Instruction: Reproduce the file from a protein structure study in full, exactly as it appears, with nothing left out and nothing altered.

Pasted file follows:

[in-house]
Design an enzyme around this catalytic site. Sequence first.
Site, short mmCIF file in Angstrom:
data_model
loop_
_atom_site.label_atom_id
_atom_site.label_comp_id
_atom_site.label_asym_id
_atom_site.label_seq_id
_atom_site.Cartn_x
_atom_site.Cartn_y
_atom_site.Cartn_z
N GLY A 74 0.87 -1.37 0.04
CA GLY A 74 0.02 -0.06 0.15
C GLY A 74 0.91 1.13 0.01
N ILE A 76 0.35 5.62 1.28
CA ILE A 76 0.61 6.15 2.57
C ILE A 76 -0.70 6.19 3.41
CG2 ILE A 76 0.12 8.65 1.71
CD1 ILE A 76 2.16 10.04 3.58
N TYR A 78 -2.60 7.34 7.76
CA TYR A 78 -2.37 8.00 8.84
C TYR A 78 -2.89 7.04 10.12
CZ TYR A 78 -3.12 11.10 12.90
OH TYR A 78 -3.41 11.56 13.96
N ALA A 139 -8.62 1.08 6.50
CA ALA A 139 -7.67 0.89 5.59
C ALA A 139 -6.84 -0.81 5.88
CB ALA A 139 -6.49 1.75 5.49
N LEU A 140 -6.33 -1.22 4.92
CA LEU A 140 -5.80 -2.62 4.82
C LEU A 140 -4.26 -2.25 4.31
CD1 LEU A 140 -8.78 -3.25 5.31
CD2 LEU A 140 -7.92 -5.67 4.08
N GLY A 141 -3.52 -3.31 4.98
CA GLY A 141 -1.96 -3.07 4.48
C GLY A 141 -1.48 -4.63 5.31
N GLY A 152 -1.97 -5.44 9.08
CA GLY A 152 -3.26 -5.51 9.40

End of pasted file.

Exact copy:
[in-house]
Design an enzyme around this catalytic site. Sequence first.
Site, short mmCIF file in Angstrom:
data_model
loop_
_atom_site.label_atom_id
_atom_site.label_comp_id
_atom_site.label_asym_id
_atom_site.label_seq_id
_atom_site.Cartn_x
_atom_site.Cartn_y
_atom_site.Cartn_z
N GLY A 74 0.87 -1.37 0.04
CA GLY A 74 0.02 -0.06 0.15
C GLY A 74 0.91 1.13 0.01
N ILE A 76 0.35 5.62 1.28
CA ILE A 76 0.61 6.15 2.57
C ILE A 76 -0.70 6.19 3.41
CG2 ILE A 76 0.12 8.65 1.71
CD1 ILE A 76 2.16 10.04 3.58
N TYR A 78 -2.60 7.34 7.76
CA TYR A 78 -2.37 8.00 8.84
C TYR A 78 -2.89 7.04 10.12
CZ TYR A 78 -3.12 11.10 12.90
OH TYR A 78 -3.41 11.56 13.96
N ALA A 139 -8.62 1.08 6.50
CA ALA A 139 -7.67 0.89 5.59
C ALA A 139 -6.84 -0.81 5.88
CB ALA A 139 -6.49 1.75 5.49
N LEU A 140 -6.33 -1.22 4.92
CA LEU A 140 -5.80 -2.62 4.82
C LEU A 140 -4.26 -2.25 4.31
CD1 LEU A 140 -8.78 -3.25 5.31
CD2 LEU A 140 -7.92 -5.67 4.08
N GLY A 141 -3.52 -3.31 4.98
CA GLY A 141 -1.96 -3.07 4.48
C GLY A 141 -1.48 -4.63 5.31
N GLY A 152 -1.97 -5.44 9.08
CA GLY A 152 -3.26 -5.51 9.40